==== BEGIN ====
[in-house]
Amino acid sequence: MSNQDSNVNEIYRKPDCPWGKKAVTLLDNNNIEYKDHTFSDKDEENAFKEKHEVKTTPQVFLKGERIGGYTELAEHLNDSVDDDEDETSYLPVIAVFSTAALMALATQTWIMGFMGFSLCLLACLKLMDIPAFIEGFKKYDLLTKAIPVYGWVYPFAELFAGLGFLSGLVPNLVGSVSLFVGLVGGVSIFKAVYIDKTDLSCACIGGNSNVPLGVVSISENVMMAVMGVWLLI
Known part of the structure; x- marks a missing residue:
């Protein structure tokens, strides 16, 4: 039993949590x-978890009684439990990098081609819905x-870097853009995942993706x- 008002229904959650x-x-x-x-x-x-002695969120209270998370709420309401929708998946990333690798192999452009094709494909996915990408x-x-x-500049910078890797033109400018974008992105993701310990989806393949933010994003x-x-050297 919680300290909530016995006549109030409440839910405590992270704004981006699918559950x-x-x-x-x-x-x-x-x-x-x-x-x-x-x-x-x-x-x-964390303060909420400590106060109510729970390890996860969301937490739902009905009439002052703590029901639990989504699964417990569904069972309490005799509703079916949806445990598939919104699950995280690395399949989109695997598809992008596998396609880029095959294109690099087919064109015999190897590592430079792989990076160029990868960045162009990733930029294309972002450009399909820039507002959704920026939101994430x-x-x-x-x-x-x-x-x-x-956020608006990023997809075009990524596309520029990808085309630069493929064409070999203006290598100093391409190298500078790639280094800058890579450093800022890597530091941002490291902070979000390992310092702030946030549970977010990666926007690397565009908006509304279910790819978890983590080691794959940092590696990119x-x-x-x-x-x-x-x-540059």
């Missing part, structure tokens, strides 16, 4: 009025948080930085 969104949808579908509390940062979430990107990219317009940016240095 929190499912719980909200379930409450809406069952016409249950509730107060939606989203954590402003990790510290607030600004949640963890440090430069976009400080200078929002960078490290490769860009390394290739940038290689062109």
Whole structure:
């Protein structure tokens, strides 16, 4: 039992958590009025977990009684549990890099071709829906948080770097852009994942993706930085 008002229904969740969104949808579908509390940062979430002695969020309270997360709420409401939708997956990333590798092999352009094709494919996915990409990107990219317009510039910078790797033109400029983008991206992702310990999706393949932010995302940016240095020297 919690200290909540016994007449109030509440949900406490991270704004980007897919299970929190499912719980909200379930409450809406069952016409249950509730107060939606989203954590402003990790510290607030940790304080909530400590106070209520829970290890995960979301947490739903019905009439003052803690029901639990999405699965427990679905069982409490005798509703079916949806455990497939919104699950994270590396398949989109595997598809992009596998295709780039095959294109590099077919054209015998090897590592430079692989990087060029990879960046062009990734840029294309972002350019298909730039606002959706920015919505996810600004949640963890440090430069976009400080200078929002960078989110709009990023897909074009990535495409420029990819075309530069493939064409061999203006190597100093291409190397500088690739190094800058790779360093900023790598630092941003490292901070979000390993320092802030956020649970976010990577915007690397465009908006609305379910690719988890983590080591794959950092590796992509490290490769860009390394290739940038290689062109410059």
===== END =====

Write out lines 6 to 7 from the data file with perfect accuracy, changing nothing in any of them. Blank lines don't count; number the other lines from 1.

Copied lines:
Whole structure:
């Protein structure tokens, strides 16, 4: 039992958590009025977990009684549990890099071709829906948080770097852009994942993706930085 008002229904969740969104949808579908509390940062979430002695969020309270997360709420409401939708997956990333590798092999352009094709494919996915990409990107990219317009510039910078790797033109400029983008991206992702310990999706393949932010995302940016240095020297 919690200290909540016994007449109030509440949900406490991270704004980007897919299970929190499912719980909200379930409450809406069952016409249950509730107060939606989203954590402003990790510290607030940790304080909530400590106070209520829970290890995960979301947490739903019905009439003052803690029901639990999405699965427990679905069982409490005798509703079916949806455990497939919104699950994270590396398949989109595997598809992009596998295709780039095959294109590099077919054209015998090897590592430079692989990087060029990879960046062009990734840029294309972002350019298909730039606002959706920015919505996810600004949640963890440090430069976009400080200078929002960078989110709009990023897909074009990535495409420029990819075309530069493939064409061999203006190597100093291409190397500088690739190094800058790779360093900023790598630092941003490292901070979000390993320092802030956020649970976010990577915007690397465009908006609305379910690719988890983590080591794959950092590796992509490290490769860009390394290739940038290689062109410059």